This proposal is meant to spur the intellectual property bar to consider whether it would be desirable to create a regime for international enforcement of intellectual property law judgments. Such a convention could be adopted under the auspices of the World Intellectual Property Organization ("WIPO") or through the World Trade Organization ("WTO").
There are several reasons to believe that an instrument drafted specifically for intellectual property disputes would be particularly advantageous. First, for intellectual property disputes, efficiency should be a principal target. Modern distribution methods, particularly satellite and Internet transmissions, make it increasing likely that intellectual property rights will be exploited simultaneously in more than one territory. The ability to consolidate claims arising from these usages in one court, with the expectation that the judgment of that court will be recognized in all convention States, could reduce costs for all sides, conserve judicial resources on an international basis, and promote consistent outcomes.
Second, a convention drafted for intellectual property disputes can take account of issues uniquely raised by the intangibility of the rights in issue. For example, an intellectual property agreement can consider the ability of a potential defendant to gain litigation advantages through the choice of the location of the activities that give rise to infringement. In certain situations, the propriety of expanding jurisdiction depends on the possibility of inconsistent outcomes; a convention tailored to intellectual property can specify what that term means in the context of public goods.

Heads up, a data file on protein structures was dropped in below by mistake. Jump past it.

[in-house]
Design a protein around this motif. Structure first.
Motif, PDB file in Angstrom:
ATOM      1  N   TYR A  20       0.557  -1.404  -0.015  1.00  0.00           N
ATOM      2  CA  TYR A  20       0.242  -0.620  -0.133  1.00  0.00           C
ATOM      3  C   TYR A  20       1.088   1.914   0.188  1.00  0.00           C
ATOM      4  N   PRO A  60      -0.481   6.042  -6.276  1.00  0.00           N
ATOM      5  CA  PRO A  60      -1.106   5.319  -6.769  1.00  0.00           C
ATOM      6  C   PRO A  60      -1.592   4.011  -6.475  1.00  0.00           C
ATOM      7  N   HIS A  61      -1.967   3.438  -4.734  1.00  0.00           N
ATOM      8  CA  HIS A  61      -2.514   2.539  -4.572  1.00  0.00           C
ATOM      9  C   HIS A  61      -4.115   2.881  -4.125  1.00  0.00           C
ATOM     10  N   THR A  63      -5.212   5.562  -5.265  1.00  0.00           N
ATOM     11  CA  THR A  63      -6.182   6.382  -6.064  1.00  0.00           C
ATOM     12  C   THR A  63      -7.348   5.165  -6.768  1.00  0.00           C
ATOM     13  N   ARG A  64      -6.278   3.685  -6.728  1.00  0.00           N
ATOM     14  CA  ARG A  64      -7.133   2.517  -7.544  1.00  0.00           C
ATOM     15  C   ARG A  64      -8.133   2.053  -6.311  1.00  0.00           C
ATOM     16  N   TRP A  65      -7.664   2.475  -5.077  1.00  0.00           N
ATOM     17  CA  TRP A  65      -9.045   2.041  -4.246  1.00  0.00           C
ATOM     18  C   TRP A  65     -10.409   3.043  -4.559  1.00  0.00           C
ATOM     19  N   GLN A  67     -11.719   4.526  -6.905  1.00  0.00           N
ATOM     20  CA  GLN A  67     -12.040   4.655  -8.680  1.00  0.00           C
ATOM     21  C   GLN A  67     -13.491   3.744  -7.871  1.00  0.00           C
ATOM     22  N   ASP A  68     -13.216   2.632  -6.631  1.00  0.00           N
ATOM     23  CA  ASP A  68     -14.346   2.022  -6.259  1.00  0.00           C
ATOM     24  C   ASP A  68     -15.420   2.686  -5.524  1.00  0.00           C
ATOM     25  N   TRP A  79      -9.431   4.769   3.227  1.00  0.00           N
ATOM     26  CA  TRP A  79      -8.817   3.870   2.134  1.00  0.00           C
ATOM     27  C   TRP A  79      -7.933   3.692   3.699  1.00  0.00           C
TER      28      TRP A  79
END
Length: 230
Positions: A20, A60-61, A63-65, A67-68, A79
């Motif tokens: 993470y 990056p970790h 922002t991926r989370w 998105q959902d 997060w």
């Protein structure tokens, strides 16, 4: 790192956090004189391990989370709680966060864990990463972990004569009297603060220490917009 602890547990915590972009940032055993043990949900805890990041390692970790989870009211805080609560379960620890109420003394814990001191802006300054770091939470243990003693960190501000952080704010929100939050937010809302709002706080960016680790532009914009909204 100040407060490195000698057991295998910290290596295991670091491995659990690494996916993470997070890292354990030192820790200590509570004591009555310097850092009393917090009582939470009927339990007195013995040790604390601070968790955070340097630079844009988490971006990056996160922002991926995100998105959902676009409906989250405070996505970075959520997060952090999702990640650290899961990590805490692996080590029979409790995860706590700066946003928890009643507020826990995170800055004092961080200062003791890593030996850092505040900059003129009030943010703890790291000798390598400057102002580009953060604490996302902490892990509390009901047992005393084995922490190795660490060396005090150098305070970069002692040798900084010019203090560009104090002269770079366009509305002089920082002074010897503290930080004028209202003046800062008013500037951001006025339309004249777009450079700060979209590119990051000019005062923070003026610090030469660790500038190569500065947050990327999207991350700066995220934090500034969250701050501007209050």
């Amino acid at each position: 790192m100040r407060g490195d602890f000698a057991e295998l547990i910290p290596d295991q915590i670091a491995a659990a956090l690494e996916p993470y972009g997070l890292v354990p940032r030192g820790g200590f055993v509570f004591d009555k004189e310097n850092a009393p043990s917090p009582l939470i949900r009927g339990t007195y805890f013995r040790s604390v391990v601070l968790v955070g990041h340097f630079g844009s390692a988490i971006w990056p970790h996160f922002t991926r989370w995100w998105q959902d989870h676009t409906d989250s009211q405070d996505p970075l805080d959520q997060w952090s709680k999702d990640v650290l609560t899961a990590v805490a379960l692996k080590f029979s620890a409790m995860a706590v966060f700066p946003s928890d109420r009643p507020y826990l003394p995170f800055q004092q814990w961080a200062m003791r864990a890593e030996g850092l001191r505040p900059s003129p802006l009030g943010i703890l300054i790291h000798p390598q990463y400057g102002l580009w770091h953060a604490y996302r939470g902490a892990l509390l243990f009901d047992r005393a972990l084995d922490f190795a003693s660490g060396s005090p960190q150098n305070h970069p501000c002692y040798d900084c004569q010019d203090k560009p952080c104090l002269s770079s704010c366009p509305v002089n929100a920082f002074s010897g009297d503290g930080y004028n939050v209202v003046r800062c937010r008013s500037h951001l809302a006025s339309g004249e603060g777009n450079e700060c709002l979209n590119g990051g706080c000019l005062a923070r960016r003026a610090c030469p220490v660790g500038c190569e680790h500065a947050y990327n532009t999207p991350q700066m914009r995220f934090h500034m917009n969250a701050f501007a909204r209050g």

An instrument for intellectual property litigation can also deal specifically with matters of unique concern to the creative community. The strong link between culture on the one hand, and intellectual production and utilization on the other, means that the territoriality of these rights is of crucial importance: individual nations must be able to retain some control over the local conditions under which these products are created, exploited, and accessed. At the same time, an approach that creates new avenues for cross-cultural enrichment needs to be considered. For example, the circumstances where trans-border injunctions are permissible can be specified to include consideration of cultural, health, and safety issues. Other issues of prime interest to the information industries can also be considered: provisions on contract disputes can be tailored to deal with mass-market contracts, which are becoming prevalent in certain intellectual property transactions; provisions on infringement can be made sensitive to the interests of the "new media", such as Internet Service Providers.
Most important, the convention can be confined to rights covered by the intellectual property part of the General Agreement on Tariffs and Trade ("TRIPs Agreement") and open to signature only to countries that have joined the WTO and fully implemented the TRIPs Agreement. Since these are countries that have agreed to enforce intellectual property law and are subject to dispute resolution proceedings if they fail to do so, these limitations would reduce concerns that forum shopping will undermine the delicate balance that each nation has struck between the rights of intellectual property users and owners. And although dispute resolution under the WTO cannot provide litigants with a substitute for a centralized and authoritative appellate body (such as the US Supreme Court or the European Court of Justice), it can provide assurance of transparent and efficient judicial process, along with institutional mechanisms (such as dispute resolution panels, the Dispute Settlement Board, and the Council for TRIPs) for examining intellectual property law as it develops through consolidated adjudication of multinational disputes.